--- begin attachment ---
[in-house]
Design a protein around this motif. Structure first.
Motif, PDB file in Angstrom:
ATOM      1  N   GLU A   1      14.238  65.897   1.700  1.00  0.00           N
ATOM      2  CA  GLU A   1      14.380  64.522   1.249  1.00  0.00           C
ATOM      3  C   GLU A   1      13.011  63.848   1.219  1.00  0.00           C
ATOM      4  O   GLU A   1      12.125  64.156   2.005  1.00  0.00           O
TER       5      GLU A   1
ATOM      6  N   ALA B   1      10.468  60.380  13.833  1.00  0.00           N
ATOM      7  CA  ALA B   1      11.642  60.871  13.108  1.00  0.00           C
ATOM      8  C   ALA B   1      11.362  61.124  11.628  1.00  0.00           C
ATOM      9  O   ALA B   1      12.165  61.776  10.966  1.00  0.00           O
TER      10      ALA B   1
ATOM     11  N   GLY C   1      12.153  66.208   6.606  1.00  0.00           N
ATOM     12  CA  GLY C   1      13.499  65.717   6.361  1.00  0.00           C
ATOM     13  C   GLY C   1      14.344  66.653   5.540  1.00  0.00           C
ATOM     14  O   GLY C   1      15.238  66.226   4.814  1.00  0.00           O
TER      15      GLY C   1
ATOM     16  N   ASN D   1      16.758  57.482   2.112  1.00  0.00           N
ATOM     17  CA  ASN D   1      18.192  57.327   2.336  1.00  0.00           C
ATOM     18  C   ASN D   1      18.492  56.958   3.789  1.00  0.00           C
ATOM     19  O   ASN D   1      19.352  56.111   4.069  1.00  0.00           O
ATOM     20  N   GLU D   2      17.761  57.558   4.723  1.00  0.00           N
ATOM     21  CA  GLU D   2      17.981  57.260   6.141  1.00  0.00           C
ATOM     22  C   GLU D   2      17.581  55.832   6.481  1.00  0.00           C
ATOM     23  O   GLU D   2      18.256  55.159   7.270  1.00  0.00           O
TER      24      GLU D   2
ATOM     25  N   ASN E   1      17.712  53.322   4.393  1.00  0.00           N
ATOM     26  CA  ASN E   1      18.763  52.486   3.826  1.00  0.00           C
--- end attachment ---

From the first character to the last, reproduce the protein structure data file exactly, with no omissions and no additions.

[in-house]
Design a protein around this motif. Structure first.
Motif, PDB file in Angstrom:
ATOM      1  N   GLU A   1      14.238  65.897   1.700  1.00  0.00           N
ATOM      2  CA  GLU A   1      14.380  64.522   1.249  1.00  0.00           C
ATOM      3  C   GLU A   1      13.011  63.848   1.219  1.00  0.00           C
ATOM      4  O   GLU A   1      12.125  64.156   2.005  1.00  0.00           O
TER       5      GLU A   1
ATOM      6  N   ALA B   1      10.468  60.380  13.833  1.00  0.00           N
ATOM      7  CA  ALA B   1      11.642  60.871  13.108  1.00  0.00           C
ATOM      8  C   ALA B   1      11.362  61.124  11.628  1.00  0.00           C
ATOM      9  O   ALA B   1      12.165  61.776  10.966  1.00  0.00           O
TER      10      ALA B   1
ATOM     11  N   GLY C   1      12.153  66.208   6.606  1.00  0.00           N
ATOM     12  CA  GLY C   1      13.499  65.717   6.361  1.00  0.00           C
ATOM     13  C   GLY C   1      14.344  66.653   5.540  1.00  0.00           C
ATOM     14  O   GLY C   1      15.238  66.226   4.814  1.00  0.00           O
TER      15      GLY C   1
ATOM     16  N   ASN D   1      16.758  57.482   2.112  1.00  0.00           N
ATOM     17  CA  ASN D   1      18.192  57.327   2.336  1.00  0.00           C
ATOM     18  C   ASN D   1      18.492  56.958   3.789  1.00  0.00           C
ATOM     19  O   ASN D   1      19.352  56.111   4.069  1.00  0.00           O
ATOM     20  N   GLU D   2      17.761  57.558   4.723  1.00  0.00           N
ATOM     21  CA  GLU D   2      17.981  57.260   6.141  1.00  0.00           C
ATOM     22  C   GLU D   2      17.581  55.832   6.481  1.00  0.00           C
ATOM     23  O   GLU D   2      18.256  55.159   7.270  1.00  0.00           O
TER      24      GLU D   2
ATOM     25  N   ASN E   1      17.712  53.322   4.393  1.00  0.00           N
ATOM     26  CA  ASN E   1      18.763  52.486   3.826  1.00  0.00           C